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Postby Little Mickey » Wed Jun 14, 2006 1:39 pm

I dunno about you guys, but I'm glad us 'hairbrained' types decided to play in the other positions- I for one would rather not be left playing 'Oompahpah' for the rest of my life...
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Postby jeffl » Wed Jun 14, 2006 2:14 pm

It's good that we're still encouraging guys to get more general music knowledge,in order to understand their harp better. It seems harp presents some interesting obstacles to learning because you can't actually see what you're playin' on it; on guitar,piano,wind and brass instruments,etc.,you have sight aids to learning (keys,strings,valves,etc.),while playin' harp requires more of a "feel" type experience. I'm thankful that I had basic music instruction in choir and band when I was very young,and it helped me understand harp better. Everybody approaches music from different angles and conceptualizes it differently,but keys,chords,notes and rhythms are common denominators everybody should learn.
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Is it just me.......

Postby qtheblues » Thu Jun 15, 2006 6:12 am

Wow! Didn't mean to kick this sort of response off!
The Hohner 'Cross Harp' is just a brand name, as the 'Marine Band' or 'Blues Harp' is. It has nothing to do with the tuning of the harp as it's standard Diatonic tuning.
My quibble is with the 'finish' of the item. I've been playing harps since I was 11 years old (which is way over 40 years) and I thought my lips had hardened to most of the abuse thrown at them from wood / plastic / metal combs. I'd never actually been cut by one before! Sure, after some particularly long recording sessions they've been swollen, and even bruised, but cut? Never.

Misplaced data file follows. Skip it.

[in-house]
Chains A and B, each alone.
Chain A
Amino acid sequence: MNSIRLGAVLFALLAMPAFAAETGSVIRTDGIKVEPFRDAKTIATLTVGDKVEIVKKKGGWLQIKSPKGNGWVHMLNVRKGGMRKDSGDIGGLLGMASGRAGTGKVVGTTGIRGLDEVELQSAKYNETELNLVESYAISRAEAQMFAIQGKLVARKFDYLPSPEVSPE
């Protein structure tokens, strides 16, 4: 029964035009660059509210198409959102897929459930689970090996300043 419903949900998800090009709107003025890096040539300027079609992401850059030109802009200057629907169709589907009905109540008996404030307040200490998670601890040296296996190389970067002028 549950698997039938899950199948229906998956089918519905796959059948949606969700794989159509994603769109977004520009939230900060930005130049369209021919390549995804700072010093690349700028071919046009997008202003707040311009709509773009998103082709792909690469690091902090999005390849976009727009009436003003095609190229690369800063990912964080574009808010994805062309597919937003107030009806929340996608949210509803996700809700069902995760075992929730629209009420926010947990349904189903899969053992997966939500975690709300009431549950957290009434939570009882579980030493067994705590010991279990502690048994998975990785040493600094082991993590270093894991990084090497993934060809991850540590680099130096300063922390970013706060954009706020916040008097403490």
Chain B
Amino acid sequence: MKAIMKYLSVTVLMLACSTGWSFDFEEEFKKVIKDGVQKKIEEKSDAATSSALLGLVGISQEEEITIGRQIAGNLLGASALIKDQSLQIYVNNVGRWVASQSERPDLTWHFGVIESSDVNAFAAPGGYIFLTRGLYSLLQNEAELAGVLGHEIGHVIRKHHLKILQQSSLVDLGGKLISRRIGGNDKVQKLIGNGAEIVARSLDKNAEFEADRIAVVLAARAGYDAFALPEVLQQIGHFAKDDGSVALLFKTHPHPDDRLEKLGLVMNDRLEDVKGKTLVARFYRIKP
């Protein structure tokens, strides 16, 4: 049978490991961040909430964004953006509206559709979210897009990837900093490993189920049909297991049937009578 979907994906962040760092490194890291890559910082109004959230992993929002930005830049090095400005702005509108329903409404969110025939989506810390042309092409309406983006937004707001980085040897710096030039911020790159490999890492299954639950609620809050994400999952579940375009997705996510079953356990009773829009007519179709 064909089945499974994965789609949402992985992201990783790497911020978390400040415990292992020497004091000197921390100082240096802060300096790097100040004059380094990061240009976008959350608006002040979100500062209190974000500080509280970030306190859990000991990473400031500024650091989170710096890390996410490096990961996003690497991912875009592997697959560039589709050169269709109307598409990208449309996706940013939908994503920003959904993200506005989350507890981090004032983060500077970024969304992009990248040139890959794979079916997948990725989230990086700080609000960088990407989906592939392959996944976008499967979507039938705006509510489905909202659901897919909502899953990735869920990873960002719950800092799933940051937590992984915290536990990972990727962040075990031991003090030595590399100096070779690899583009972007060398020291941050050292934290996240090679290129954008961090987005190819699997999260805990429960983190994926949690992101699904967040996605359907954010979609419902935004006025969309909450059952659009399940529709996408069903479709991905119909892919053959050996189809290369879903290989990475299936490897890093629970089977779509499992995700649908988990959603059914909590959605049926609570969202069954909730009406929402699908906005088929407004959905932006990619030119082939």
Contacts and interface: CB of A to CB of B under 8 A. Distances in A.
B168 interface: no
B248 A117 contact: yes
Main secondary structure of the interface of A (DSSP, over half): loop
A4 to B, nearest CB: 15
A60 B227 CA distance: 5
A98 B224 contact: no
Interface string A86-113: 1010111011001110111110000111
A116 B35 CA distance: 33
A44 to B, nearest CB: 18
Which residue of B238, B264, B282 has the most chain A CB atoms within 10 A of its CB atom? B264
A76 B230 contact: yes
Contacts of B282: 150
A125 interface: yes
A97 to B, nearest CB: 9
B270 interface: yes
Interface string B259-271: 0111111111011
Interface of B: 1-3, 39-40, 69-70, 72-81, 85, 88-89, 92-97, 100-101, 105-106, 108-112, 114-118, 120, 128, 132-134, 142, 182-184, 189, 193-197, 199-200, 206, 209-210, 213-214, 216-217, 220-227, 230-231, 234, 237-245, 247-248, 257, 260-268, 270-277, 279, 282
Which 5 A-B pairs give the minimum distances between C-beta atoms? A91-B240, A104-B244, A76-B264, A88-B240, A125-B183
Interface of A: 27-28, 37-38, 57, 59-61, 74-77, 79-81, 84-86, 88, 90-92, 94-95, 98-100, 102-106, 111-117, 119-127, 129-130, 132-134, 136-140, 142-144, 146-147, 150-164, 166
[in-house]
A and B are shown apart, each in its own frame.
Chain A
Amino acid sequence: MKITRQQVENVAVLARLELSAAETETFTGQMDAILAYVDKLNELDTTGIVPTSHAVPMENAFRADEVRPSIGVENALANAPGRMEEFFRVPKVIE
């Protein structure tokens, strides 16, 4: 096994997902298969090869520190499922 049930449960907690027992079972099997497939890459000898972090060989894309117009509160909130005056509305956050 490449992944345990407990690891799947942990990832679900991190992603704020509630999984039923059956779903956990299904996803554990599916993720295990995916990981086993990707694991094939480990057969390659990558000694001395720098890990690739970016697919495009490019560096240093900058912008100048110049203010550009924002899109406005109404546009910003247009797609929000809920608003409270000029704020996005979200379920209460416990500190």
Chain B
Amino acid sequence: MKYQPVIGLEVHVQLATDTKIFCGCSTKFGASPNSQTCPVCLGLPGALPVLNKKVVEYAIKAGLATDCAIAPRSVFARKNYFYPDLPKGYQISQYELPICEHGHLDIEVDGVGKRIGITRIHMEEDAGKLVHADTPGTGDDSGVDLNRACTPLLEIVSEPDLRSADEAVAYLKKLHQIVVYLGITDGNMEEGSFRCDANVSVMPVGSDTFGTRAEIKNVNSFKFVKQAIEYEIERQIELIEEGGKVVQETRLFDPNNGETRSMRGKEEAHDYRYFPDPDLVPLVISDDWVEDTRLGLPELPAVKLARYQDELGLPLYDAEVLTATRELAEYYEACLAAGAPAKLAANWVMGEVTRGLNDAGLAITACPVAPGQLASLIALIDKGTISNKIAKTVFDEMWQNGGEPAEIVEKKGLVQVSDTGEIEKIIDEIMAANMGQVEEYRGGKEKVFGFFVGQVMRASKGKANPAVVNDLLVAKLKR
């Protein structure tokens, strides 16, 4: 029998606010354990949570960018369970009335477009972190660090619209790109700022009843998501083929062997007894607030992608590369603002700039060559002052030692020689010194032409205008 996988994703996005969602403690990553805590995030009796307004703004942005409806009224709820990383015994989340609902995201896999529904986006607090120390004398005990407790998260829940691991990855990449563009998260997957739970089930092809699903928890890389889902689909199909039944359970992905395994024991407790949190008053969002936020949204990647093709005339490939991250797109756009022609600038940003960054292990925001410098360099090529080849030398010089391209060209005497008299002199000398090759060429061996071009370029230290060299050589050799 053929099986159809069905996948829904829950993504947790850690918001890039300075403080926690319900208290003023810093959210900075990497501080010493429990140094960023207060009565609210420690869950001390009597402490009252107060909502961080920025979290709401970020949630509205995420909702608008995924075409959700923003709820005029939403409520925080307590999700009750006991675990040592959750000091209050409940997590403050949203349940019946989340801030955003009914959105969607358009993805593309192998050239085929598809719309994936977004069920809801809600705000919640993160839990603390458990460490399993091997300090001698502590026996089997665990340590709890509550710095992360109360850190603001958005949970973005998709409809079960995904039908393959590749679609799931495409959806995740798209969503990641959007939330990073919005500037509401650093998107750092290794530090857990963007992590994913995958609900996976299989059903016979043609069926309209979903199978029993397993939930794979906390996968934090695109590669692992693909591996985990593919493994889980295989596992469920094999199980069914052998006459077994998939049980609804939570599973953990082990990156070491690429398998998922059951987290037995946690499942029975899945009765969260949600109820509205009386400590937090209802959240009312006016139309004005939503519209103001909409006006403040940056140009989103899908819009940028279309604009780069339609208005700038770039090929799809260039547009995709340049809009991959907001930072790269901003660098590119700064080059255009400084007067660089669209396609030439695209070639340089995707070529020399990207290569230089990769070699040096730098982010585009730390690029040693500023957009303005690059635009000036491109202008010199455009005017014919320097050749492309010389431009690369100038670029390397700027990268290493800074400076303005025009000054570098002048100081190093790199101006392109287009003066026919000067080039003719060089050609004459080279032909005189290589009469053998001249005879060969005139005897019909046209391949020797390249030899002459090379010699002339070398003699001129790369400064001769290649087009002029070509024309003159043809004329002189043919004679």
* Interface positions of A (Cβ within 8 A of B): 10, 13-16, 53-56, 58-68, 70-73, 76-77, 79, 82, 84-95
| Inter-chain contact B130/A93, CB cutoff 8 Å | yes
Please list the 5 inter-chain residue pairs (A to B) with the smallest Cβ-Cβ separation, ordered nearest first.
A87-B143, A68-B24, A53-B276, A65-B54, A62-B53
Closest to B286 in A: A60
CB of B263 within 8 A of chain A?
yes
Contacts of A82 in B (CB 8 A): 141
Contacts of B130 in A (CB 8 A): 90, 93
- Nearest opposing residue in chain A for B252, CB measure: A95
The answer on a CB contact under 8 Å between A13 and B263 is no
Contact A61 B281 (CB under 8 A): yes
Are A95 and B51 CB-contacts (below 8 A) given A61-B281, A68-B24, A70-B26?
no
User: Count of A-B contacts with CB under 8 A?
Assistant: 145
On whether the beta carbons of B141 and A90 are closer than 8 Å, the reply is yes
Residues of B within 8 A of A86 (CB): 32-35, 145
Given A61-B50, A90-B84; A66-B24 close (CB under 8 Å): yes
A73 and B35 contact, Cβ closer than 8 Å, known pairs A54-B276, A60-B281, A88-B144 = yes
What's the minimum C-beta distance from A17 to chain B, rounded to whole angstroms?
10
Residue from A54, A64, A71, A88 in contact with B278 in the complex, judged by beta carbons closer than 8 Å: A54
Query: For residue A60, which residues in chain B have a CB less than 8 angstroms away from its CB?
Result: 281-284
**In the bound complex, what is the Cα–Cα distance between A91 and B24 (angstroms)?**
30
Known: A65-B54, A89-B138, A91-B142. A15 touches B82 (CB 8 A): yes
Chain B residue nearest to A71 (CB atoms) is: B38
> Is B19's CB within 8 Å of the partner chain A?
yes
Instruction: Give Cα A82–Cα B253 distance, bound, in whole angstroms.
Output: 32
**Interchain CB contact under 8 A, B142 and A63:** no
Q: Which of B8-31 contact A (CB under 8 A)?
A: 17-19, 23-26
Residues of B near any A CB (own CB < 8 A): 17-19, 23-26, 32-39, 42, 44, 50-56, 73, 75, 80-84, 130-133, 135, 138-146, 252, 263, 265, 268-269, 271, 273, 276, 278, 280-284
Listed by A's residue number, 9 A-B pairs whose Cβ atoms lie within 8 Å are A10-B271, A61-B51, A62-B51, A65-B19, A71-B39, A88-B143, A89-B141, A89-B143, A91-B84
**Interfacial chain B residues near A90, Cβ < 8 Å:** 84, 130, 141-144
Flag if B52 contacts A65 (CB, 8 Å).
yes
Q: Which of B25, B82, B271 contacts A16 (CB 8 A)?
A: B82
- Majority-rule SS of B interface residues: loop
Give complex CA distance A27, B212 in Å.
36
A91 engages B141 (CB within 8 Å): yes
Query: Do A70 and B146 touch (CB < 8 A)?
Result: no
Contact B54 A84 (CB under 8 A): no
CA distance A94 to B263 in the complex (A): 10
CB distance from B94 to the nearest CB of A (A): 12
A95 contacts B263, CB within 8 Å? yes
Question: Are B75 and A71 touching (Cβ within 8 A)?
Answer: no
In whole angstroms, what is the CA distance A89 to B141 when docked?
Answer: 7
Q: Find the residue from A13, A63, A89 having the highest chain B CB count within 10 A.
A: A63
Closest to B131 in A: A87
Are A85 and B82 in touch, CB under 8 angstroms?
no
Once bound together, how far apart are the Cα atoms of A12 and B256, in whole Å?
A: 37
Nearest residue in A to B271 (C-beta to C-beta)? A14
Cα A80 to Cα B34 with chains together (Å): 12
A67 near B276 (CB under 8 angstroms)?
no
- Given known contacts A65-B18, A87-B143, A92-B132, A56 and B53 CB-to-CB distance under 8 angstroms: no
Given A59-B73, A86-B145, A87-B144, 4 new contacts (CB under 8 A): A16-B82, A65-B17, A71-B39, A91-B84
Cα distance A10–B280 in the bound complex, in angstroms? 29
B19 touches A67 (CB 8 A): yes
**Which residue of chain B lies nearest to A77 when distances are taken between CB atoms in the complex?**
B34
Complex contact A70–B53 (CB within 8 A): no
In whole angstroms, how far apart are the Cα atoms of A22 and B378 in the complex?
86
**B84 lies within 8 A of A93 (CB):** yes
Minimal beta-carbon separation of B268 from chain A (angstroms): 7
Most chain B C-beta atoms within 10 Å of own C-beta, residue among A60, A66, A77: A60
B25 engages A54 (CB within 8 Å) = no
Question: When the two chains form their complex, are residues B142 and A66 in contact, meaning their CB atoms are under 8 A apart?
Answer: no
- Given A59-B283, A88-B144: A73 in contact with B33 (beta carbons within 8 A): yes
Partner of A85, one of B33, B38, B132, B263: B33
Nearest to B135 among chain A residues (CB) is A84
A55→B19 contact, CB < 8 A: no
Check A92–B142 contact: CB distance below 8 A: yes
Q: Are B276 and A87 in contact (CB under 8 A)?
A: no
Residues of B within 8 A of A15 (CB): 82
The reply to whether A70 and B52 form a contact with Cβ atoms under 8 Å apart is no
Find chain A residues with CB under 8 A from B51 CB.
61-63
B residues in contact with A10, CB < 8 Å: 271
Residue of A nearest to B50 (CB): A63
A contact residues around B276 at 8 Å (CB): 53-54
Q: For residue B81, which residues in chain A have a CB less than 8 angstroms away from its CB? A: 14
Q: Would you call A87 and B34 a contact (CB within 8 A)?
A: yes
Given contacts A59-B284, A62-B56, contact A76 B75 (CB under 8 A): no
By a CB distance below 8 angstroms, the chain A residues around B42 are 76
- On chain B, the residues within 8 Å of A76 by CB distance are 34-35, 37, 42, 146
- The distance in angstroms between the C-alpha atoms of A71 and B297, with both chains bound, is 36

Just wondered if anyone else had the same problem with these - or any other - brand of harp.
As far as labeling is concerned, I'm sure I'm not the only one (in fact I know I'm not), but whatever the key of the harp, I ALWAYS stick a small piece of masking tape on the top-plate with the 2nd position key written on it in felt tip as well as laying out my harps in scale order in their trays. This way it doesn't matter how bad the lighting is at a gig I don't pick up the wrong one in error.
Of course, if you're given the wrong information.........
This also means that if I need replacement reedplates (and I usually carry a couple of sets in popular keys) I can put them into any harp I wish and re-label it straight away. It doesn't take long to drop a set of new plates in - a couple of times I've done it at the side of the stage under the light from the mixing desk.